Alina Krischkowsky, Manfred Tscheligi, Katja Neureiter, Michael Muller, Anna Maria Polli, and Nervo Verdezoto (2015). Workshop: Experiences of technology appropriation: Unanticipated users, usage, circumstances, and design. Workshop at ECSCW 2015.
Francisco Nunes, Nervo Verdezoto, Geraldine Fitzpatrick, Morten Kyng, Erik Grönvall, and Cristiano Storni (2015). Self-care technologies in HCI: Trends, tensions, and opportunities. ACM Trans. Comput.-Hum. Inter-act. 22, 6, Article 33 (October 2015), 45 pages (In Press).
Sun Young Park, Yunan Chen, and Scott Rudkin (2015). Technological and organizational adaptation of EMR implementation in an emergency department. ACM TOCHI 22(1), Article 1.
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Antti Salovaara, Kristina Höök, Keith Cheverst, Michael Twidale, Matthew Chalmers, and Corina Sas (2011). Appropriation and creative use: Linking user studies and design. CHI 2011 EA, 37-40.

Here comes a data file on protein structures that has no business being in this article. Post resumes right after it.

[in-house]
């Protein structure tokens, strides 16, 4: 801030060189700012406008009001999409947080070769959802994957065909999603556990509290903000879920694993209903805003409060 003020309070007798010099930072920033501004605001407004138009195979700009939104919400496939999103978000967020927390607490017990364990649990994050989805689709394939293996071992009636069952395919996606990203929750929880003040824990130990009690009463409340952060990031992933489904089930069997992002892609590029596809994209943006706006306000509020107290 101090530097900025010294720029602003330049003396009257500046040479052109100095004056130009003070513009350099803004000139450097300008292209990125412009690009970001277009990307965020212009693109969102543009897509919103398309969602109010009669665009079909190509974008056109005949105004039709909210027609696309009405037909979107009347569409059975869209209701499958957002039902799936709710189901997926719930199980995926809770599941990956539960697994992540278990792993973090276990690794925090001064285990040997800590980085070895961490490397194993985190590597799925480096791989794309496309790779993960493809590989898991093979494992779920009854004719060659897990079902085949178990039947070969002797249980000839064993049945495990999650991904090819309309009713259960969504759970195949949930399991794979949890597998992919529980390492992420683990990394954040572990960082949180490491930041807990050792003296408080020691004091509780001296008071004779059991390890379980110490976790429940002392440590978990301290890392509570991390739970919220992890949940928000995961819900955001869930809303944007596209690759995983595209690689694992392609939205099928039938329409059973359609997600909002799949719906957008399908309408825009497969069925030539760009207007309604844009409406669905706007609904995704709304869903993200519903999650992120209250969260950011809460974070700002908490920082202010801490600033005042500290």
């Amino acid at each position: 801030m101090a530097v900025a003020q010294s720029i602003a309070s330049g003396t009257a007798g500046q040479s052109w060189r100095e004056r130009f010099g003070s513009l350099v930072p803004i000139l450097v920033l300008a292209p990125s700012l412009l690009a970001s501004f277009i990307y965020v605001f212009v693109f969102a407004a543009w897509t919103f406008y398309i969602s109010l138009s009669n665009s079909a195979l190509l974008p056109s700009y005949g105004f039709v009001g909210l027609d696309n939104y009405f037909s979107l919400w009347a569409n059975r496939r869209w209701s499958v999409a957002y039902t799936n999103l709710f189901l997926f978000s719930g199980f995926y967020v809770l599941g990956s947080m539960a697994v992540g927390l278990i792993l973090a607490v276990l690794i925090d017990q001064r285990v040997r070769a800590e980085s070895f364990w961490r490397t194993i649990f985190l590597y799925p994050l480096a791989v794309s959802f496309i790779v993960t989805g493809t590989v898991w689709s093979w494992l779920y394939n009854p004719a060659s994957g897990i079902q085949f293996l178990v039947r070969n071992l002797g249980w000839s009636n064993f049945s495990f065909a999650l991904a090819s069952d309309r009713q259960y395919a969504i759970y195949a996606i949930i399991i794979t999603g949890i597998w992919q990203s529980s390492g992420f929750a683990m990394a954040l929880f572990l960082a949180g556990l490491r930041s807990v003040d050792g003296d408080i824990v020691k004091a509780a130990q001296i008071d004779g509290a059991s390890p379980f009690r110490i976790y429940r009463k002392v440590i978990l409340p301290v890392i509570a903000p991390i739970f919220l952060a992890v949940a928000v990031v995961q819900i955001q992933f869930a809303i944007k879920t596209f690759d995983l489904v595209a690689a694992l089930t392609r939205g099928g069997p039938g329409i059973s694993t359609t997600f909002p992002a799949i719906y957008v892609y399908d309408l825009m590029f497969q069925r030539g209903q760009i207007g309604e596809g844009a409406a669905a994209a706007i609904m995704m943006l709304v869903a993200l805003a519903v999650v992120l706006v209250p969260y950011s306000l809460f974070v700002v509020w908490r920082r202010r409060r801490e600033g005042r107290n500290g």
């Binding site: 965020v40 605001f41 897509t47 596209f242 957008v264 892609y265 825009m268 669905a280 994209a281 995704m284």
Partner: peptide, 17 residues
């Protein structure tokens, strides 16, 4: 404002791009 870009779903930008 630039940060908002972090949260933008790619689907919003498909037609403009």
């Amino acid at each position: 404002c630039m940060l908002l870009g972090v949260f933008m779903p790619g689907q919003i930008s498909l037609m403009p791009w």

Aleksandra Sarcevic, Leysia A. Palen, and Randall S. Burd (2011). Coordinating time-critical work with role-tagging. Proc. CSCW 2011, 465-474.
Stephen Snow, Dhaval Vyas, and Margot Brereton (2015). When an eco-feedback system joins the family. Pers.and Ubiq. Comp. 19(5), 1-12.
Susan Leigh Star and Anselm Strauss (1999). Layers of silence, arenas of voice: The ecology of visible and invisible work. JCSCW 8(1-2), 9-30.
Allan Stisen, Nervo Verdezoto, Henrik Blunck, Mikkel Baun Kjærgaard, and Kaj Grønbæk (2016). Accounting for the invisible work of hospital orderlies: Designing for local and global coordination. Proc. CSCW 2016. ACM (In press).
Cristiano Storni (2010). Multiple forms of appropriation in self-monitoring technology: Reflections on the role of evaluation in future self-care. IJHCI 26(5), 537–561.
Yolande A.A. Strengers (2011). Designing eco-feedback systems for everyday life. CHI 2011,2135-2144.
Manfred Tscheligi, Alina Krischkowsky, Katja Neueiter, Kori Inkpen, Michael Muller, and Gunnar Stevens (2014). Potentials of the “unexpected:” Technology appropriation practices and commun-ication needs. Proc. GROUP 2014, 313-316.